Despite what you might read on social media and tech blogs, we are still pretty early in the personal branding era. Most people hide behind the face of corporations, not paying their personal image much attention. The vast majority of individuals still have employers or work in small, freelance gigs, making a few dollars here and there. How they appear online doesn’t come into the picture.
For this reason, the market for personal brands remains unsaturated. While there are millions of YouTubers and people trying to make a career on these platforms, the field remains open and many niches still need talented individuals to fill them.
Early Stages of Internet Uptake Globally
While Western countries built out their internet networks rapidly and quickly hooked everyone up, most developing countries didn’t. As such, internet usage as a percentage of the global population still isn’t where many people imagine it to be. It is only recently that the majority of the world has gained access to social networks and broadband, giving them opportunities to take part in the brave new world of personal branding.
For creators, this fact is an opportunity. Millions of new users come online every month, opening up the market tremendously, and giving everyone opportunities to thrive in the new economy.
Another reason why it is still early in the personal branding game is the diverse niches that are possible. Unlike conventional industry, creators can take their brands in any direction they want, finding unique intersections of interests to explore. As individuals explore increasingly diverse spaces, they set themselves up for unique content, interesting in its own right.
Changing Trends and Advancing Technology
We are also seeing rapid improvements in digital platforms causing social media to advance rapidly. New tools for expression in the digital personal branding game are continually emerging, giving creators more options than ever before. Many untapped opportunities remain, and those who can gain traction on a new platform early are those most likely to win.
Building personal brands is also something that requires long-term growth. Many individuals are still in the early stages, meaning that the industry is a long way from maturity. While there are some established names in a few niches, it is by no means universally true.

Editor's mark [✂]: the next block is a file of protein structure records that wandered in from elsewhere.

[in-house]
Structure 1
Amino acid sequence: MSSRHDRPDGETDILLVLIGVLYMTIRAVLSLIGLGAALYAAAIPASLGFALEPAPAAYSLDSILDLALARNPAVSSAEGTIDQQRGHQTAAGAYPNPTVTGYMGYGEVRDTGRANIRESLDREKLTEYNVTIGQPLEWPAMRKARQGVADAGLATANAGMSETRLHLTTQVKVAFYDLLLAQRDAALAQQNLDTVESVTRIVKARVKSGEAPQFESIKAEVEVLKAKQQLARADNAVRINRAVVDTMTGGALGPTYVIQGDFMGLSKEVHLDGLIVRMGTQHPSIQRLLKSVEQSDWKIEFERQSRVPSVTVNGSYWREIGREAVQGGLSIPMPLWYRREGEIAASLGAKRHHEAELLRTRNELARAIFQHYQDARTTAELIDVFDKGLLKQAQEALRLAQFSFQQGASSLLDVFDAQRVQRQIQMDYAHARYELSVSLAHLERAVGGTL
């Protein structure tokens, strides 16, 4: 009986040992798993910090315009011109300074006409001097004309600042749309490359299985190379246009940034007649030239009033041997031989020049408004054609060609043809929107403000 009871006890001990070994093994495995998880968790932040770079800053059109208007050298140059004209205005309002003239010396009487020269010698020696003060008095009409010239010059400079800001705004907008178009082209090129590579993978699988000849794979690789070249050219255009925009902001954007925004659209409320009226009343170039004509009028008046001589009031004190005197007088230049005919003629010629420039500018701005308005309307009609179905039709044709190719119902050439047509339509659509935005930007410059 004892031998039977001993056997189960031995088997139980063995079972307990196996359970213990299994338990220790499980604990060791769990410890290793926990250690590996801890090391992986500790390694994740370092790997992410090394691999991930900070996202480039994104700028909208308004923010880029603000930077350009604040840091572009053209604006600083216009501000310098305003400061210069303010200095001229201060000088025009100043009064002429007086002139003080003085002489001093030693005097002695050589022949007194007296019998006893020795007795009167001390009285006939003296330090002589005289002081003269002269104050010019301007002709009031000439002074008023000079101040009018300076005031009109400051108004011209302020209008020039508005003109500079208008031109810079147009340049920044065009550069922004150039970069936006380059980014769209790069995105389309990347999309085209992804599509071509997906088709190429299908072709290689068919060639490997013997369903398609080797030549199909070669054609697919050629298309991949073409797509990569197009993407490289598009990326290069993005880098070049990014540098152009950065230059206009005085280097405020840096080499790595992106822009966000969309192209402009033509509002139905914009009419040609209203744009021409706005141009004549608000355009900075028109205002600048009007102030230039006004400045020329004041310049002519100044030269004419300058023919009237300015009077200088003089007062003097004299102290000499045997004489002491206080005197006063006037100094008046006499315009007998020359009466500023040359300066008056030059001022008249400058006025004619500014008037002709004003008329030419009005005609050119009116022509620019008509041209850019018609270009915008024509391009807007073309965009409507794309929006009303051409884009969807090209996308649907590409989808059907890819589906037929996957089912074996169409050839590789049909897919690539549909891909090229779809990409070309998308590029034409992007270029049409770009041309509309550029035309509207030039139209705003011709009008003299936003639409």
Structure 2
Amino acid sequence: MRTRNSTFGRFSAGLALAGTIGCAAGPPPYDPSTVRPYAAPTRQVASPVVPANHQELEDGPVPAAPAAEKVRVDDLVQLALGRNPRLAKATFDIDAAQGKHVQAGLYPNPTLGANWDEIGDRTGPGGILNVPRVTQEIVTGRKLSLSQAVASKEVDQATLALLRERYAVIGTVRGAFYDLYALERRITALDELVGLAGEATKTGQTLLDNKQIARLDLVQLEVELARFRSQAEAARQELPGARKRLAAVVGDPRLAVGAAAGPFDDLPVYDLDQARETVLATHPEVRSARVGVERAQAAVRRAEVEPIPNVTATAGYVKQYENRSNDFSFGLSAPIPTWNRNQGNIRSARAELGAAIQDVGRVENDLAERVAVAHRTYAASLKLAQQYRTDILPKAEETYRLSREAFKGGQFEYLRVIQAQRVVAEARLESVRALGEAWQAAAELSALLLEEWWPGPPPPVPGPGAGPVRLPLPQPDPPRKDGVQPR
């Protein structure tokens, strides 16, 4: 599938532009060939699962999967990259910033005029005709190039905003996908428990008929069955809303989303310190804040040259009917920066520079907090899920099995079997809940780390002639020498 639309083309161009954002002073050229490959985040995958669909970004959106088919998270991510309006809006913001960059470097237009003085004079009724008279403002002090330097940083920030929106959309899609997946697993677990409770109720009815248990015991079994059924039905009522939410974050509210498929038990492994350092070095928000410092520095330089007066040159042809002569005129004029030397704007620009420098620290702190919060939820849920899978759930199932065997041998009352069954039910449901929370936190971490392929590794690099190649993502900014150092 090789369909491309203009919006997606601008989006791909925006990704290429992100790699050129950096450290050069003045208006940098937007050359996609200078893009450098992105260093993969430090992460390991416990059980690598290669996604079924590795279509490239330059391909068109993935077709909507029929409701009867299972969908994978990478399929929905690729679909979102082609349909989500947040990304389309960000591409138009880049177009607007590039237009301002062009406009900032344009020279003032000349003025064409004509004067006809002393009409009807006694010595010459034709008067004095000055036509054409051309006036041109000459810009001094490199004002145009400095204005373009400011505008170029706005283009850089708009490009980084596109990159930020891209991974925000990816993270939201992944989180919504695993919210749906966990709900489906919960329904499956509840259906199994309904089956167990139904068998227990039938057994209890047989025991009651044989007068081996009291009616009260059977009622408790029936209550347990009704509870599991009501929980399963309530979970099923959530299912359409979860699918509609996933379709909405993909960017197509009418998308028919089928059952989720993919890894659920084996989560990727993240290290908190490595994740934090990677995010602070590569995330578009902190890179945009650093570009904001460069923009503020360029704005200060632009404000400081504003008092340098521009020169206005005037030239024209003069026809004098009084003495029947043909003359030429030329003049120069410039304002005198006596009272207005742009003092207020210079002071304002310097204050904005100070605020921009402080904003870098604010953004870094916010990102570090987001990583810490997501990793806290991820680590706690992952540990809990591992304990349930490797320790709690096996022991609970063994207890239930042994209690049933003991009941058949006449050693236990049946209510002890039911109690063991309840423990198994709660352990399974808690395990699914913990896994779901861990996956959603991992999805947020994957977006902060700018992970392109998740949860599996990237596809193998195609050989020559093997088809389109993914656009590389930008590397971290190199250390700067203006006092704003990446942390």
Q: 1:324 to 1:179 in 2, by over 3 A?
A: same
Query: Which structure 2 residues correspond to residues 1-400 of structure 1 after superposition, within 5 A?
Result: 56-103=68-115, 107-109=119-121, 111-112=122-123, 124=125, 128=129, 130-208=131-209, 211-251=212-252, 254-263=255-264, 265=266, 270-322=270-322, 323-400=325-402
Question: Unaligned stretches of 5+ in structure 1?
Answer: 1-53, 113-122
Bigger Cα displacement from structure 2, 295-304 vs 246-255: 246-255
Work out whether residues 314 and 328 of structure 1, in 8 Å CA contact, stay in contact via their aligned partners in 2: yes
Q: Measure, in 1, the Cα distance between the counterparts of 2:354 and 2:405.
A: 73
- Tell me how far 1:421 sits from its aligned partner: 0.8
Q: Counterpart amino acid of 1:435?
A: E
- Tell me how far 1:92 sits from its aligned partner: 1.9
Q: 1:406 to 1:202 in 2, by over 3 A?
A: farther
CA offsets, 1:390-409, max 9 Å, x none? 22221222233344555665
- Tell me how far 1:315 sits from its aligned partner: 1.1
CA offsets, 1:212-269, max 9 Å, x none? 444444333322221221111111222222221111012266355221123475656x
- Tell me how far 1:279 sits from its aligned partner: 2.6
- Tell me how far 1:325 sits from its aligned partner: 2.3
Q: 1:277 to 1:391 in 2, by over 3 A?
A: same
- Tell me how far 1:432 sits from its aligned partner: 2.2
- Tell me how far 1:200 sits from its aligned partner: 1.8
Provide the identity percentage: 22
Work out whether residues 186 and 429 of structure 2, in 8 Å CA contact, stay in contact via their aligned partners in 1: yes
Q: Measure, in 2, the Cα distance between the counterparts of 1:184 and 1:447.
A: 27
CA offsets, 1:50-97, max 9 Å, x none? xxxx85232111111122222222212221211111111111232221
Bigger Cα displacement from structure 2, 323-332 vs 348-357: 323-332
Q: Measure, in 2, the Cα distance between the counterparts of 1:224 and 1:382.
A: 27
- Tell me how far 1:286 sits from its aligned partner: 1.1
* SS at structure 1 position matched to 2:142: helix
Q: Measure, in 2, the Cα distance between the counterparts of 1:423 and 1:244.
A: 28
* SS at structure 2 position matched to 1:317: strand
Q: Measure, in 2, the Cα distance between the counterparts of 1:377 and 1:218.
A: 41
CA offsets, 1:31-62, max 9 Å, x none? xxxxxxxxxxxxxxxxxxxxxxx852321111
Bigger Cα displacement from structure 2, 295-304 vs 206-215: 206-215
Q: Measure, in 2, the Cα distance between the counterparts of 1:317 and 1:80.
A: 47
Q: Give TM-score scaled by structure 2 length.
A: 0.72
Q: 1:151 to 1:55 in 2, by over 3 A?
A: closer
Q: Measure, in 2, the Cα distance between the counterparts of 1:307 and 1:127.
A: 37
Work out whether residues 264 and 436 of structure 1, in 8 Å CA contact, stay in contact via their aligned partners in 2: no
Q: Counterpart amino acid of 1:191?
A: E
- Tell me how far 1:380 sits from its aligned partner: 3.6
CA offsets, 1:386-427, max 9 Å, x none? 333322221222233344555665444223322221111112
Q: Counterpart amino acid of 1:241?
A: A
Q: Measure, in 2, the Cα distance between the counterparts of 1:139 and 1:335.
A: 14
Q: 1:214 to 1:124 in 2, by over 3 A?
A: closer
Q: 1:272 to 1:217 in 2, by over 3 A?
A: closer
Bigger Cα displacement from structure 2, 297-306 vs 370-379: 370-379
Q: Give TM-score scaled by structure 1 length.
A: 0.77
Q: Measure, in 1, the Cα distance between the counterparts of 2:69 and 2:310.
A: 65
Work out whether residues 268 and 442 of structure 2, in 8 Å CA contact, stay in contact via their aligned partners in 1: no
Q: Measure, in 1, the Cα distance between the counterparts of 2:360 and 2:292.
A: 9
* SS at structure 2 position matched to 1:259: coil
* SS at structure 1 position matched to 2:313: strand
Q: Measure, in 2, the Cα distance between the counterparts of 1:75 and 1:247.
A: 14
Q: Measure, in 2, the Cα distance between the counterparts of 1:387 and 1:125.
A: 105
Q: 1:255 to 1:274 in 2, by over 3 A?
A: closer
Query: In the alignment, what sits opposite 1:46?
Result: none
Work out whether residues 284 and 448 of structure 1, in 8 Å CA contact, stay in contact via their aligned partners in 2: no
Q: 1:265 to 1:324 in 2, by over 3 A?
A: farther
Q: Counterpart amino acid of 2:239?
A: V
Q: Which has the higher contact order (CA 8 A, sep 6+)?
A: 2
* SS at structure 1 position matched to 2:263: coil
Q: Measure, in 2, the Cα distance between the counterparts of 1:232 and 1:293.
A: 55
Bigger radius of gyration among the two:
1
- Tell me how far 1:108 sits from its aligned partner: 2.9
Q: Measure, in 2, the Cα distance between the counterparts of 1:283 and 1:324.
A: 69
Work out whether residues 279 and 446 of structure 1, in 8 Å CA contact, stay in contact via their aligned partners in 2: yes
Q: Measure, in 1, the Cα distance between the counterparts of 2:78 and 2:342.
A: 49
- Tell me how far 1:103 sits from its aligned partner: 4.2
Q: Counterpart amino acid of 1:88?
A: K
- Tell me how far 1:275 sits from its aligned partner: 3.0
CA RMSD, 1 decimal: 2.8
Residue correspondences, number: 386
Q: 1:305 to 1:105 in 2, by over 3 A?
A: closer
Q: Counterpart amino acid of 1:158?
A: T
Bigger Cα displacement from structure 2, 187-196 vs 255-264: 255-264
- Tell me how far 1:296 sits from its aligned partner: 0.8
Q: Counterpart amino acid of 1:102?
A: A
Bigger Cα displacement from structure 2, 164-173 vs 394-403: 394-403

Building Personal Brands Faster
Building personal brands can be a slow and laborious process. Social networks calibrate algorithms to make it exceptionally challenging for anyone to make big moves quickly. This includes even the most talented and entertaining creators.
However, help is at hand. FATJOE’s founder, Joe Davies, explains. “We know that there are a lot of solopreneurs and small businesses out there who would love to build their brands online, but they aren’t sure which tactics to use. The information available on the internet is all over the place, sometimes giving contradictory advice. What people need is a systematic approach to winning online and gaining sufficient traction for a viable business.”
That’s where FATJOE’s library of research articles is useful. As an SEO agency, the company wants to teach you how to improve your YouTube video rankings and get seen.
“We’re keen on helping our clients get going on platforms like YouTube and we provide plenty of free information on our site they can use to improve their efforts. The benefits of YouTube SEO are enormous. If you can understand the site’s suggestion ranking or get your videos to the top of search results when users type in related keywords, you’re onto a winner. Enhanced authority, more website traffic, and higher conversion potential are all up for the taking.”
Of course, Davies understands the challenges involved in the personal branding game go beyond hacking the algorithm and dominating SEO. But these factors help. Many creators and businesses have fantastic content, but nobody sees it because it lacks proper optimization. Companies simply don’t understand how the rules of the game work, even if they have a good grasp on the type of content that is likely to engage and help users.
Search engine optimization may be especially critical for solo brands looking to dominate YouTube in the early stages. While the majority of users will simply follow the recommendation algorithm, highly motivated individuals will use the platform’s search functionality to tailor results. These users can then form a core following of subscribers who add “juice” to the algorithm, helping the creator’s videos get found.
“There are so many ways YouTube creators and personal brands can enhance SEO and visibility on the platform,” Davies says. “But most don’t know or understand all the tactics out there, leading to poor results. We want to put an end to that.”
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